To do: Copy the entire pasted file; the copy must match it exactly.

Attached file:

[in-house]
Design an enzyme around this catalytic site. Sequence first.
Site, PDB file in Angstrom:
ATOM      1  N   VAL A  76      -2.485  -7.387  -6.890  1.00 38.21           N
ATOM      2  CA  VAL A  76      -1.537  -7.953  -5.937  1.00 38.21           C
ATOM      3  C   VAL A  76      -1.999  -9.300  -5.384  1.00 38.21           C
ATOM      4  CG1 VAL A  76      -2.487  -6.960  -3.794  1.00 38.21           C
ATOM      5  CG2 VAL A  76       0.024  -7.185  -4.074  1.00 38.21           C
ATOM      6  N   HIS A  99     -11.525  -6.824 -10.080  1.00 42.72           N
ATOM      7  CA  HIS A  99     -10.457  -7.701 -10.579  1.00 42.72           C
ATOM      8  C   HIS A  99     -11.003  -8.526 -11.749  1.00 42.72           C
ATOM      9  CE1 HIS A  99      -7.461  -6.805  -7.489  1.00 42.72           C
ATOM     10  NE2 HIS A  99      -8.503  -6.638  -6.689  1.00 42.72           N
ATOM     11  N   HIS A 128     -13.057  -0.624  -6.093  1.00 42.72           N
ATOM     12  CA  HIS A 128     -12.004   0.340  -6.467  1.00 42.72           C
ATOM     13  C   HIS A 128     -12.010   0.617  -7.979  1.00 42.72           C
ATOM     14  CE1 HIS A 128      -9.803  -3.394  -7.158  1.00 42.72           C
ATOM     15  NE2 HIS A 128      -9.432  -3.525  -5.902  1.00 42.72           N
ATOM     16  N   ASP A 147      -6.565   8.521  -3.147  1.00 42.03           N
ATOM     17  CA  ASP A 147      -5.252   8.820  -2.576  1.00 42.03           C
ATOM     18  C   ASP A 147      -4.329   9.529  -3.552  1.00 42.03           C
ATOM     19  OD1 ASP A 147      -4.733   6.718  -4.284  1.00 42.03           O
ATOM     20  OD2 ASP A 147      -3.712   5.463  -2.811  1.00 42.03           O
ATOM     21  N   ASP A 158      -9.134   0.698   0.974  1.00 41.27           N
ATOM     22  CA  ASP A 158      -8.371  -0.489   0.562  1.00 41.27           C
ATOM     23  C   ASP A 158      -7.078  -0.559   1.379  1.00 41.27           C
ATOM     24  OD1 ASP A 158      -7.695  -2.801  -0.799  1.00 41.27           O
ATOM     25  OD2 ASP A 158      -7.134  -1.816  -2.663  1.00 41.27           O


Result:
[in-house]
Design an enzyme around this catalytic site. Sequence first.
Site, PDB file in Angstrom:
ATOM      1  N   VAL A  76      -2.485  -7.387  -6.890  1.00 38.21           N
ATOM      2  CA  VAL A  76      -1.537  -7.953  -5.937  1.00 38.21           C
ATOM      3  C   VAL A  76      -1.999  -9.300  -5.384  1.00 38.21           C
ATOM      4  CG1 VAL A  76      -2.487  -6.960  -3.794  1.00 38.21           C
ATOM      5  CG2 VAL A  76       0.024  -7.185  -4.074  1.00 38.21           C
ATOM      6  N   HIS A  99     -11.525  -6.824 -10.080  1.00 42.72           N
ATOM      7  CA  HIS A  99     -10.457  -7.701 -10.579  1.00 42.72           C
ATOM      8  C   HIS A  99     -11.003  -8.526 -11.749  1.00 42.72           C
ATOM      9  CE1 HIS A  99      -7.461  -6.805  -7.489  1.00 42.72           C
ATOM     10  NE2 HIS A  99      -8.503  -6.638  -6.689  1.00 42.72           N
ATOM     11  N   HIS A 128     -13.057  -0.624  -6.093  1.00 42.72           N
ATOM     12  CA  HIS A 128     -12.004   0.340  -6.467  1.00 42.72           C
ATOM     13  C   HIS A 128     -12.010   0.617  -7.979  1.00 42.72           C
ATOM     14  CE1 HIS A 128      -9.803  -3.394  -7.158  1.00 42.72           C
ATOM     15  NE2 HIS A 128      -9.432  -3.525  -5.902  1.00 42.72           N
ATOM     16  N   ASP A 147      -6.565   8.521  -3.147  1.00 42.03           N
ATOM     17  CA  ASP A 147      -5.252   8.820  -2.576  1.00 42.03           C
ATOM     18  C   ASP A 147      -4.329   9.529  -3.552  1.00 42.03           C
ATOM     19  OD1 ASP A 147      -4.733   6.718  -4.284  1.00 42.03           O
ATOM     20  OD2 ASP A 147      -3.712   5.463  -2.811  1.00 42.03           O
ATOM     21  N   ASP A 158      -9.134   0.698   0.974  1.00 41.27           N
ATOM     22  CA  ASP A 158      -8.371  -0.489   0.562  1.00 41.27           C
ATOM     23  C   ASP A 158      -7.078  -0.559   1.379  1.00 41.27           C
ATOM     24  OD1 ASP A 158      -7.695  -2.801  -0.799  1.00 41.27           O
ATOM     25  OD2 ASP A 158      -7.134  -1.816  -2.663  1.00 41.27           O